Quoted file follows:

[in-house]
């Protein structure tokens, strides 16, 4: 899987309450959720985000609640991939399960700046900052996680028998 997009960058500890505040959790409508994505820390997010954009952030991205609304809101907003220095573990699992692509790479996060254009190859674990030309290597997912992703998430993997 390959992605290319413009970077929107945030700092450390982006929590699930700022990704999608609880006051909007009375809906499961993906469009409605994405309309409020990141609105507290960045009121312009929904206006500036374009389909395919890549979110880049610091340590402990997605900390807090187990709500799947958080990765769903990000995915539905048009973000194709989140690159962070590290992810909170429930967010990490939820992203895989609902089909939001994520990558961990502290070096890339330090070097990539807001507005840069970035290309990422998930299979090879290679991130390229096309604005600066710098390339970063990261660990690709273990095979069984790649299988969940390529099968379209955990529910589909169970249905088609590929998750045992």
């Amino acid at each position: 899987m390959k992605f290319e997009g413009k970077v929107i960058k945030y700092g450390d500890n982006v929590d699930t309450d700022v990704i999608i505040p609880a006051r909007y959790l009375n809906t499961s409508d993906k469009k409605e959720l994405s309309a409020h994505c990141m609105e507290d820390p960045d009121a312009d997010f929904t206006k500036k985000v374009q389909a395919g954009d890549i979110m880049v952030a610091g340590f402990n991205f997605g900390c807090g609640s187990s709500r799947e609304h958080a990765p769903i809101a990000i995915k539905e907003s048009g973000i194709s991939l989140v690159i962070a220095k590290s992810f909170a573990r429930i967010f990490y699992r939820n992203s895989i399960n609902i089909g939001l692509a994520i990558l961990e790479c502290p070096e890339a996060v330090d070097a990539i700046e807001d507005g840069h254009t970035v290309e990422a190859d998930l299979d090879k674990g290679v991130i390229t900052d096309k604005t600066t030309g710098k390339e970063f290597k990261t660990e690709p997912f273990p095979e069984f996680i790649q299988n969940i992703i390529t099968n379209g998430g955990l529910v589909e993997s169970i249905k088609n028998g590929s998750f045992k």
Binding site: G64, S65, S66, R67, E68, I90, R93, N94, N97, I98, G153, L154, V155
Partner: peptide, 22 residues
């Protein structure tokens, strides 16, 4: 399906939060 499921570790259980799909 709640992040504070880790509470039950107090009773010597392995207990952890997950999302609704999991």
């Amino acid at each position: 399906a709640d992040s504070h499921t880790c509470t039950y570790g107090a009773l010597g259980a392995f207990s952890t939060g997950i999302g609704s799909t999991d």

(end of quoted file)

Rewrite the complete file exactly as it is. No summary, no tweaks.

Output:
[in-house]
């Protein structure tokens, strides 16, 4: 899987309450959720985000609640991939399960700046900052996680028998 997009960058500890505040959790409508994505820390997010954009952030991205609304809101907003220095573990699992692509790479996060254009190859674990030309290597997912992703998430993997 390959992605290319413009970077929107945030700092450390982006929590699930700022990704999608609880006051909007009375809906499961993906469009409605994405309309409020990141609105507290960045009121312009929904206006500036374009389909395919890549979110880049610091340590402990997605900390807090187990709500799947958080990765769903990000995915539905048009973000194709989140690159962070590290992810909170429930967010990490939820992203895989609902089909939001994520990558961990502290070096890339330090070097990539807001507005840069970035290309990422998930299979090879290679991130390229096309604005600066710098390339970063990261660990690709273990095979069984790649299988969940390529099968379209955990529910589909169970249905088609590929998750045992």
């Amino acid at each position: 899987m390959k992605f290319e997009g413009k970077v929107i960058k945030y700092g450390d500890n982006v929590d699930t309450d700022v990704i999608i505040p609880a006051r909007y959790l009375n809906t499961s409508d993906k469009k409605e959720l994405s309309a409020h994505c990141m609105e507290d820390p960045d009121a312009d997010f929904t206006k500036k985000v374009q389909a395919g954009d890549i979110m880049v952030a610091g340590f402990n991205f997605g900390c807090g609640s187990s709500r799947e609304h958080a990765p769903i809101a990000i995915k539905e907003s048009g973000i194709s991939l989140v690159i962070a220095k590290s992810f909170a573990r429930i967010f990490y699992r939820n992203s895989i399960n609902i089909g939001l692509a994520i990558l961990e790479c502290p070096e890339a996060v330090d070097a990539i700046e807001d507005g840069h254009t970035v290309e990422a190859d998930l299979d090879k674990g290679v991130i390229t900052d096309k604005t600066t030309g710098k390339e970063f290597k990261t660990e690709p997912f273990p095979e069984f996680i790649q299988n969940i992703i390529t099968n379209g998430g955990l529910v589909e993997s169970i249905k088609n028998g590929s998750f045992k």
Binding site: G64, S65, S66, R67, E68, I90, R93, N94, N97, I98, G153, L154, V155
Partner: peptide, 22 residues
């Protein structure tokens, strides 16, 4: 399906939060 499921570790259980799909 709640992040504070880790509470039950107090009773010597392995207990952890997950999302609704999991």
């Amino acid at each position: 399906a709640d992040s504070h499921t880790c509470t039950y570790g107090a009773l010597g259980a392995f207990s952890t939060g997950i999302g609704s799909t999991d």